How Yunnan Became Chinese, and Muslim

From Where China Meets India: Burma and the New Crossroads of Asia, by Thant Myint-U (Farrar, Straus and Giroux, 2011), Kindle Loc. 2475-2501:

Seven hundred years before the present wave of tourists was an altogether different wave, of Mongols, Turks and Islam. The Mongol conquest of Yunnan in the thirteenth century brought this hitherto independent kingdom for the first time under Beijing’s control and began a process of integration into ‘China proper’ that has continued to today. The Mongol conquest also brought an astonishingly diverse influx of mainly Muslim peoples, from across their Eurasian domains.

Though the invasion forces were ultimately under Mongol command, many of the officers and most of the soldiers were Turks or people from further west. The force that invaded Burma for example is said to have included no fewer than 14,000 men of the erstwhile Persian Khwarezmid empire, under their own commander Yalu Beg. Others came to garrison the new possession. They included Turks from Samarkand, Bokhara, Merv and Nishpur. They also included tribal peoples like the Kipchaks and even Bulgars from the lower Volga. Yunnan itself had been conquered by the Mongol Prince Uriyangkadai who had also conquered Baghdad, and his forces most likely included captive soldiers from the Abbasid caliphate as well as southern Russia and the Ukraine.

There were even more exotic immigrants. They included the Alans–a Sarmatian tribe today known as the Ossetians–who had submitted to the Mongols and had provided a thousand warriors for the personal body guard of the Great Khan. A son of the Alan chief, Nicholas, took part in the conquest of Yunnan, and men from the North Caucasus were posted along the Burmese borderland.

A member of the Mongol imperial clan, Prince Hugeshi, was appointed ‘prince of Yunnan’ whilst the old ruling family, the Duans, were allowed to stay in Dali and keep the title of ‘maharaja’. The Muslim newcomers, based at Dali, became extremely powerful and the most powerful of them all was a native of Bokhara named Sayyid Ajall Shams al-Din Omar. He claimed descent from the emir of Bokhara (though some say his family were originally from Cairo) and by the late 1250s he was a rising star in the Mongol establishment. He served in Baghdad and in China and was appointed as the top administrator in Yunnan in the 1270s. Today the Muslims of Yunnan regard him as the founder of their community, a wise and benevolent ruler who ‘pacified and comforted’ the peoples of Yunnan.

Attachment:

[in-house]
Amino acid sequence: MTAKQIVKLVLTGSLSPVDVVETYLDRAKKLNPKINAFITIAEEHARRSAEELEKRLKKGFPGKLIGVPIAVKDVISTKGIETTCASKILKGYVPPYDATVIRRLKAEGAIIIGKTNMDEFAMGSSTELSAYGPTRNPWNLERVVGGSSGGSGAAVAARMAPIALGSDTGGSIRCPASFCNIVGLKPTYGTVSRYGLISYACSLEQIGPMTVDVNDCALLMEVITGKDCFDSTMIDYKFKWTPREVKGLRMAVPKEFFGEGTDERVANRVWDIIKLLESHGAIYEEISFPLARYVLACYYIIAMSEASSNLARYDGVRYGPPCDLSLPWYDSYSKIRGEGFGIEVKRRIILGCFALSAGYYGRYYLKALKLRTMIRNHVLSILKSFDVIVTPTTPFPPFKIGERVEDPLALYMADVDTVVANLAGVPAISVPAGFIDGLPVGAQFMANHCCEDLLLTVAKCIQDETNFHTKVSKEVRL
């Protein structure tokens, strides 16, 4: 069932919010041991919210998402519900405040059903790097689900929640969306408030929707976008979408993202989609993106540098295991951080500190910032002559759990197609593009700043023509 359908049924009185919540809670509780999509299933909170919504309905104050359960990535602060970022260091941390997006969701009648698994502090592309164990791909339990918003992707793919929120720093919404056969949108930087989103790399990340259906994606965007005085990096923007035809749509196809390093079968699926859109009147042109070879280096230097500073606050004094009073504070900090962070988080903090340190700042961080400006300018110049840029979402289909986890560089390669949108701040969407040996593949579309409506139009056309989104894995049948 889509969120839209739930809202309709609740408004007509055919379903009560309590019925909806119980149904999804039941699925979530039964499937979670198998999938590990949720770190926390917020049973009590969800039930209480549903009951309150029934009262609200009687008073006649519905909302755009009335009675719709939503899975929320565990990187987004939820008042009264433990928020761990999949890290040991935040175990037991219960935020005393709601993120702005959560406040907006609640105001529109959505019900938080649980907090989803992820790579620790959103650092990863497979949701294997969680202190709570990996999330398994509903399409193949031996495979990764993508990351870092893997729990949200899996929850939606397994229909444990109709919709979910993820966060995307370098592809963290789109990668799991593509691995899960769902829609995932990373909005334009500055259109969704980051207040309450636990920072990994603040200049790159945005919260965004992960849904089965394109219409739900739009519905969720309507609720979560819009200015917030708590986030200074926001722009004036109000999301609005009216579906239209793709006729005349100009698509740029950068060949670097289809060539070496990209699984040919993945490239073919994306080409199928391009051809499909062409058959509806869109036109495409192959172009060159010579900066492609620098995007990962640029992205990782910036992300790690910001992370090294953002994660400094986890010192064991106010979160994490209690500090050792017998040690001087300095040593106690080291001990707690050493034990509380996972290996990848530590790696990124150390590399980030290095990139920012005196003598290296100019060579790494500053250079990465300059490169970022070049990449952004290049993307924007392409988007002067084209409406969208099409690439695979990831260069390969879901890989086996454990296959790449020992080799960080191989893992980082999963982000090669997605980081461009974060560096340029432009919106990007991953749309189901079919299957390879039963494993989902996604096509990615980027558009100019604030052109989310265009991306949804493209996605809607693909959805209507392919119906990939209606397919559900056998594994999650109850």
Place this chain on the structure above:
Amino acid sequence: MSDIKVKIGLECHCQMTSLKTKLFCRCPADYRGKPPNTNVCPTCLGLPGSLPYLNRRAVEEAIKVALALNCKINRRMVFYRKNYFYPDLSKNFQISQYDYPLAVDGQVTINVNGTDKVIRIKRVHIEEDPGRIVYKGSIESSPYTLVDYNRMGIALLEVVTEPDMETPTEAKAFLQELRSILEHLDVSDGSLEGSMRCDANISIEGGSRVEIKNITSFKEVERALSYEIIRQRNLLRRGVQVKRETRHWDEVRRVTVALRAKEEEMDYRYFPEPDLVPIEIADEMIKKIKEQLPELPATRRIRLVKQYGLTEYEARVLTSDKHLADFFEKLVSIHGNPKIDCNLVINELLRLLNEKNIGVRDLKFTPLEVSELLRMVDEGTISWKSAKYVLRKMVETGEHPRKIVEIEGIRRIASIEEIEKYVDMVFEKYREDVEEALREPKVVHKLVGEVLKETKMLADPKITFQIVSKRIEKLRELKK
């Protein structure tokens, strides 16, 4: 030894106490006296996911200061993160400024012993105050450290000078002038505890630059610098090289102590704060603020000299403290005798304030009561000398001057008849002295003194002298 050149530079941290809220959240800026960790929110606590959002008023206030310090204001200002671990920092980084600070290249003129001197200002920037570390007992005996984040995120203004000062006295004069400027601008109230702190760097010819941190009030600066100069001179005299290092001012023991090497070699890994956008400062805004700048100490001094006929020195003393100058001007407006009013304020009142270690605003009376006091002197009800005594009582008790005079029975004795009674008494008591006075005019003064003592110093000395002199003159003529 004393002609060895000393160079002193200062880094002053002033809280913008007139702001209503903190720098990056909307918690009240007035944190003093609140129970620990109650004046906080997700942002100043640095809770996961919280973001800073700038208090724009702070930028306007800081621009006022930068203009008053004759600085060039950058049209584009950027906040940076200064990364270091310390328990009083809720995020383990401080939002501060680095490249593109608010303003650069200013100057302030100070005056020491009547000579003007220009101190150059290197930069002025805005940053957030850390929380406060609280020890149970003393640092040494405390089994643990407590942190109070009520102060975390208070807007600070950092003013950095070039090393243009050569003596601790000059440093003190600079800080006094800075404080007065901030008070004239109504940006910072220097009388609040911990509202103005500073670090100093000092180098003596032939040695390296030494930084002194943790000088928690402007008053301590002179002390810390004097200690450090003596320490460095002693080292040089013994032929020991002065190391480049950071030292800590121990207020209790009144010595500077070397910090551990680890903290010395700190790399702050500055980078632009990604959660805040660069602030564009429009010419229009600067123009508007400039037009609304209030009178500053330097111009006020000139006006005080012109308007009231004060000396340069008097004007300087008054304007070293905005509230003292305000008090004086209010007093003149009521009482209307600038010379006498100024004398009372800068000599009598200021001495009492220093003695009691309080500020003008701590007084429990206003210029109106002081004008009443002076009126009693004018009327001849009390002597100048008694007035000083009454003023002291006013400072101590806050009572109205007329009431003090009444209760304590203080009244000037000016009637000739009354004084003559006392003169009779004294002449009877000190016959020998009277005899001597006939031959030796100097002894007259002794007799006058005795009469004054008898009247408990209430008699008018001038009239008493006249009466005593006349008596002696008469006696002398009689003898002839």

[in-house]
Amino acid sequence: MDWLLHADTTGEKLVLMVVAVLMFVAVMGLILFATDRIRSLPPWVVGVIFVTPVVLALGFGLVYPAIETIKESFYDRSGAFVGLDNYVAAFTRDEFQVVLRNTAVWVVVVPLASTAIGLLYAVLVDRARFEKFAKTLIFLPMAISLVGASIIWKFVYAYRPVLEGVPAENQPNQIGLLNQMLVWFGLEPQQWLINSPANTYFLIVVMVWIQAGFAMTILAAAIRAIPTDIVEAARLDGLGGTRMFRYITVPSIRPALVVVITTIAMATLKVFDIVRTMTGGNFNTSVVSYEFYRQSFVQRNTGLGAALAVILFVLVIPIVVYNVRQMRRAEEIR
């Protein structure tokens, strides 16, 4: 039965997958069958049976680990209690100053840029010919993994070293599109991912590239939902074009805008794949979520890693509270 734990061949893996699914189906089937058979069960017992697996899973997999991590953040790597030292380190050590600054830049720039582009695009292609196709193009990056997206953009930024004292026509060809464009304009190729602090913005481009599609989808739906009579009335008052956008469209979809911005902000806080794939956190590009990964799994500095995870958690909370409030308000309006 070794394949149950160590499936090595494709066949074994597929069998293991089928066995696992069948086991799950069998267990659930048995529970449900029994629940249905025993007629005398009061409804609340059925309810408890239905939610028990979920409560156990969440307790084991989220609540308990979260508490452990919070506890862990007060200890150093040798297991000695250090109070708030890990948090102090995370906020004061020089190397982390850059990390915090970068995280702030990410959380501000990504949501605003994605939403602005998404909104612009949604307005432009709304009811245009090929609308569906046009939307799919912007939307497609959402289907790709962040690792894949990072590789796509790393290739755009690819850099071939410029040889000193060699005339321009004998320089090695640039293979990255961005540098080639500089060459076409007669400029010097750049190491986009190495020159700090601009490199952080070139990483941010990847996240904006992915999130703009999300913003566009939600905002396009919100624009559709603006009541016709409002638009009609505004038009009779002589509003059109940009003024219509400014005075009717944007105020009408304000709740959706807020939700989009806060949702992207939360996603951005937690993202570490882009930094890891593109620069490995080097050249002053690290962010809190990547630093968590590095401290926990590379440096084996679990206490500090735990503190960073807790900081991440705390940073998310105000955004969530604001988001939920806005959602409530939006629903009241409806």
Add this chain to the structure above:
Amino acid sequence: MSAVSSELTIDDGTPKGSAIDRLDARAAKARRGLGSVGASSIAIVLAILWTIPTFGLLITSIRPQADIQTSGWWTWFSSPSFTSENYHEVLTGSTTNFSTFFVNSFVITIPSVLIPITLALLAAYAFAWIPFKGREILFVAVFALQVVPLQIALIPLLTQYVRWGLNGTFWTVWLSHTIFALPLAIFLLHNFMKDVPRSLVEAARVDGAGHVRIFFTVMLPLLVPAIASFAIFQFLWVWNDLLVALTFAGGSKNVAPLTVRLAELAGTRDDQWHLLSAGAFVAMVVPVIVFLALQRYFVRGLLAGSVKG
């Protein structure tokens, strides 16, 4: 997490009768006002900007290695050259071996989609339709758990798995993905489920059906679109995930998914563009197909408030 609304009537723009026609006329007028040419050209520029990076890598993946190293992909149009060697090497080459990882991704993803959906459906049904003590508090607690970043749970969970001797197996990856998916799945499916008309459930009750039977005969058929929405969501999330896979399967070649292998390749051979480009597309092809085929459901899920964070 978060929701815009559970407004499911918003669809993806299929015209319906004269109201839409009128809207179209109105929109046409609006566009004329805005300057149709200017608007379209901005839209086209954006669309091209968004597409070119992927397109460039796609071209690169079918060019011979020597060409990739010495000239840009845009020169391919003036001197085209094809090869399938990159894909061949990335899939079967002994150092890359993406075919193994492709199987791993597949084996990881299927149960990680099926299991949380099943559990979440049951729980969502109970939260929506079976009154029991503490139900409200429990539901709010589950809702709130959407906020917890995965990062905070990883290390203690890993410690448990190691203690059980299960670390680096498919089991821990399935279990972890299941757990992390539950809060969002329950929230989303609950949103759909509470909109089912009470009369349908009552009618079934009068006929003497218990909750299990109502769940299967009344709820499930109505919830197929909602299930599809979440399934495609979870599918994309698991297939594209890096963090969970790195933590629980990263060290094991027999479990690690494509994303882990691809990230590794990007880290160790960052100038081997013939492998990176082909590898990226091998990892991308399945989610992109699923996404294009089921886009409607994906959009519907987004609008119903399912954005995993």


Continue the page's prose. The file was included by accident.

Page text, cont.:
Sayyid Ajall was officially the Director of Political Affairs of the Regional Secretariat of Yunnan, about as bureaucratic a title as one can imagine in medieval times. According to Chinese records, he introduced new agricultural technologies, constructed irrigation systems, and tried to raise living standards. Though a Muslim, he built or rebuilt Confucian temples and created a Confucian education system. His contemporary, He Hongzuo, the Regional Superintendent of Confucian Studies, wrote that through his efforts ‘the orang-utans and butcherbirds became unicorns and phoenixes and their felts and furs were exchanged for gowns and caps’. There were many other civilizing missions on China’s periphery but only in Yunnan was one conducted under Muslim (and essentially Turkish Muslim) leadership.

In this way, Yunnan became known to the Islamic world. When Sayyid Ajall died in 1279 he was succeeded by his son Nasir al-Din who governed for five years and led the invasion of Burma. His younger brother became the Transport Commissioner and the entire family entrenched their influence. There were still very few Han Chinese in Yunnan and the growing Muslim community began to excel as long-distance traders as well. In the early fourteenth century, the great Persian Jewish historian Rashid al-Din Hamadani stated that the Dali region had become exclusively Muslim.

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Filed under Burma, Central Asia, China, Islam, migration, Mongolia, Turkey

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